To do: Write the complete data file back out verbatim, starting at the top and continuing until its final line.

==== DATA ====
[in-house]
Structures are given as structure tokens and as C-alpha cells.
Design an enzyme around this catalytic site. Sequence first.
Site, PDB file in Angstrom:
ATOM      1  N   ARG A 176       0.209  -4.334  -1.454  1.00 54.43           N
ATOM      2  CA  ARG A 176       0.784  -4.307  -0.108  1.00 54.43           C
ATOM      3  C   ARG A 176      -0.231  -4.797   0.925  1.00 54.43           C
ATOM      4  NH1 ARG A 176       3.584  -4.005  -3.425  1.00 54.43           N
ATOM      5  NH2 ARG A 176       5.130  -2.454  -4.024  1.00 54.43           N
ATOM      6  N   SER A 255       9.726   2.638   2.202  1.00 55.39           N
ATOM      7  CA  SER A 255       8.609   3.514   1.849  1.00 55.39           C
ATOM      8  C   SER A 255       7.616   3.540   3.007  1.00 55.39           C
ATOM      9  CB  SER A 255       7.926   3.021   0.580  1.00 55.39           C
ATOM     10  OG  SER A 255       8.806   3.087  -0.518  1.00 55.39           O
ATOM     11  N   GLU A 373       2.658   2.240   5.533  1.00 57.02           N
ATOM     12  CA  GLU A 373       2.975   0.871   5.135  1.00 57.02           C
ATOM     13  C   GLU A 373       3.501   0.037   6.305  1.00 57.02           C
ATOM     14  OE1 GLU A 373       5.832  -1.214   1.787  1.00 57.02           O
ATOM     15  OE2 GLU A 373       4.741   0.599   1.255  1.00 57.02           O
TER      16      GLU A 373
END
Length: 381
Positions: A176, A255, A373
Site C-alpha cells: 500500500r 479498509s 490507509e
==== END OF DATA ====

[in-house]
Structures are given as structure tokens and as C-alpha cells.
Design an enzyme around this catalytic site. Sequence first.
Site, PDB file in Angstrom:
ATOM      1  N   ARG A 176       0.209  -4.334  -1.454  1.00 54.43           N
ATOM      2  CA  ARG A 176       0.784  -4.307  -0.108  1.00 54.43           C
ATOM      3  C   ARG A 176      -0.231  -4.797   0.925  1.00 54.43           C
ATOM      4  NH1 ARG A 176       3.584  -4.005  -3.425  1.00 54.43           N
ATOM      5  NH2 ARG A 176       5.130  -2.454  -4.024  1.00 54.43           N
ATOM      6  N   SER A 255       9.726   2.638   2.202  1.00 55.39           N
ATOM      7  CA  SER A 255       8.609   3.514   1.849  1.00 55.39           C
ATOM      8  C   SER A 255       7.616   3.540   3.007  1.00 55.39           C
ATOM      9  CB  SER A 255       7.926   3.021   0.580  1.00 55.39           C
ATOM     10  OG  SER A 255       8.806   3.087  -0.518  1.00 55.39           O
ATOM     11  N   GLU A 373       2.658   2.240   5.533  1.00 57.02           N
ATOM     12  CA  GLU A 373       2.975   0.871   5.135  1.00 57.02           C
ATOM     13  C   GLU A 373       3.501   0.037   6.305  1.00 57.02           C
ATOM     14  OE1 GLU A 373       5.832  -1.214   1.787  1.00 57.02           O
ATOM     15  OE2 GLU A 373       4.741   0.599   1.255  1.00 57.02           O
TER      16      GLU A 373
END
Length: 381
Positions: A176, A255, A373
Site C-alpha cells: 500500500r 479498509s 490507509e